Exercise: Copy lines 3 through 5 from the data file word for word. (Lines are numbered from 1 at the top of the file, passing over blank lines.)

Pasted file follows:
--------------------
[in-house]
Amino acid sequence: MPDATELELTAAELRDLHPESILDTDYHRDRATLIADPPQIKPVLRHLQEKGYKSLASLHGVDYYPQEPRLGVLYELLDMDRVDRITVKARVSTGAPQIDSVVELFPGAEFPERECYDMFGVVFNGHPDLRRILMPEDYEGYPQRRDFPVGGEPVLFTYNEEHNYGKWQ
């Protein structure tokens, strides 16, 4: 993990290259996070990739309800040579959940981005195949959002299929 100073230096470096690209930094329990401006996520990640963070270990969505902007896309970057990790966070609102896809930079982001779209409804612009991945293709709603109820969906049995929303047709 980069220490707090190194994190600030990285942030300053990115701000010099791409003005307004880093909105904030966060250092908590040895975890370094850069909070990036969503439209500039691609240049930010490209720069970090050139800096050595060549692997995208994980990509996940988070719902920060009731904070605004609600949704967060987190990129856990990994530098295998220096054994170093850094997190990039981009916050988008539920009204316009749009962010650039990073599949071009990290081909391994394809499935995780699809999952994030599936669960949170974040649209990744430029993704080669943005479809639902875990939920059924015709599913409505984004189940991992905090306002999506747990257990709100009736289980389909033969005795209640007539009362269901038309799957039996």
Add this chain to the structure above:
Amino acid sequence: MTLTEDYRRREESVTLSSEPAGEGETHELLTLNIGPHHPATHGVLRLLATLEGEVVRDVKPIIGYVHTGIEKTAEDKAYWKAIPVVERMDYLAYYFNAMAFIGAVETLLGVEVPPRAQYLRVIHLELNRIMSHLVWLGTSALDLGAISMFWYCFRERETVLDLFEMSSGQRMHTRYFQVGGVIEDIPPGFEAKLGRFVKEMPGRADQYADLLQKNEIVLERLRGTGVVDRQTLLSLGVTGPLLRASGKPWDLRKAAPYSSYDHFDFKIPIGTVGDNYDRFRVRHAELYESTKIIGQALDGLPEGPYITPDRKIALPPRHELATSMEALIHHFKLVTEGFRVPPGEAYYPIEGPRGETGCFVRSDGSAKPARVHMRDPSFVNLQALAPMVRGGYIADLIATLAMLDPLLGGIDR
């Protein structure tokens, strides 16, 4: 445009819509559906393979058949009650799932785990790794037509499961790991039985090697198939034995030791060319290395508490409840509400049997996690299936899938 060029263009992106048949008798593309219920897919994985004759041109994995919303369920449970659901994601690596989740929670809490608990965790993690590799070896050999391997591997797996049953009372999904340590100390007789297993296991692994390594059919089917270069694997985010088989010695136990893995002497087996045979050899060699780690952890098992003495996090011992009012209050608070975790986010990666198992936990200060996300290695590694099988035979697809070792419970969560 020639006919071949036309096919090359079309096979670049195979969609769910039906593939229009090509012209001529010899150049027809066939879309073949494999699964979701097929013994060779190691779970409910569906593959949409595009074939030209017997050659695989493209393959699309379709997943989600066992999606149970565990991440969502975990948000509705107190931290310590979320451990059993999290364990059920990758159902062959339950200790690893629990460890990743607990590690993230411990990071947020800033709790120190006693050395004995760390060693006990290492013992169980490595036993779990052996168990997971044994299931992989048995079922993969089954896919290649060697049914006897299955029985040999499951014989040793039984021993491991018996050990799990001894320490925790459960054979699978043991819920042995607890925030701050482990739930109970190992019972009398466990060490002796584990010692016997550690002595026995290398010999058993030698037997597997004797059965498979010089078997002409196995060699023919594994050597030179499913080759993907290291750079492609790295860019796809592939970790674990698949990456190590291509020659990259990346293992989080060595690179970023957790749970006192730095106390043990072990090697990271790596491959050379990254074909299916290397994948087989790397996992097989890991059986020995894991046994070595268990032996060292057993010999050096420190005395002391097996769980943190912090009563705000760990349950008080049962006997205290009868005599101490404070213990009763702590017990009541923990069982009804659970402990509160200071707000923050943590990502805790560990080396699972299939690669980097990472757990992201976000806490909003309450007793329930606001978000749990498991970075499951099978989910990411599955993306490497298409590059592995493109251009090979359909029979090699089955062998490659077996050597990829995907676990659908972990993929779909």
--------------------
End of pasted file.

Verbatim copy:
């Protein structure tokens, strides 16, 4: 993990290259996070990739309800040579959940981005195949959002299929 100073230096470096690209930094329990401006996520990640963070270990969505902007896309970057990790966070609102896809930079982001779209409804612009991945293709709603109820969906049995929303047709 980069220490707090190194994190600030990285942030300053990115701000010099791409003005307004880093909105904030966060250092908590040895975890370094850069909070990036969503439209500039691609240049930010490209720069970090050139800096050595060549692997995208994980990509996940988070719902920060009731904070605004609600949704967060987190990129856990990994530098295998220096054994170093850094997190990039981009916050988008539920009204316009749009962010650039990073599949071009990290081909391994394809499935995780699809999952994030599936669960949170974040649209990744430029993704080669943005479809639902875990939920059924015709599913409505984004189940991992905090306002999506747990257990709100009736289980389909033969005795209640007539009362269901038309799957039996």
Add this chain to the structure above:
Amino acid sequence: MTLTEDYRRREESVTLSSEPAGEGETHELLTLNIGPHHPATHGVLRLLATLEGEVVRDVKPIIGYVHTGIEKTAEDKAYWKAIPVVERMDYLAYYFNAMAFIGAVETLLGVEVPPRAQYLRVIHLELNRIMSHLVWLGTSALDLGAISMFWYCFRERETVLDLFEMSSGQRMHTRYFQVGGVIEDIPPGFEAKLGRFVKEMPGRADQYADLLQKNEIVLERLRGTGVVDRQTLLSLGVTGPLLRASGKPWDLRKAAPYSSYDHFDFKIPIGTVGDNYDRFRVRHAELYESTKIIGQALDGLPEGPYITPDRKIALPPRHELATSMEALIHHFKLVTEGFRVPPGEAYYPIEGPRGETGCFVRSDGSAKPARVHMRDPSFVNLQALAPMVRGGYIADLIATLAMLDPLLGGIDR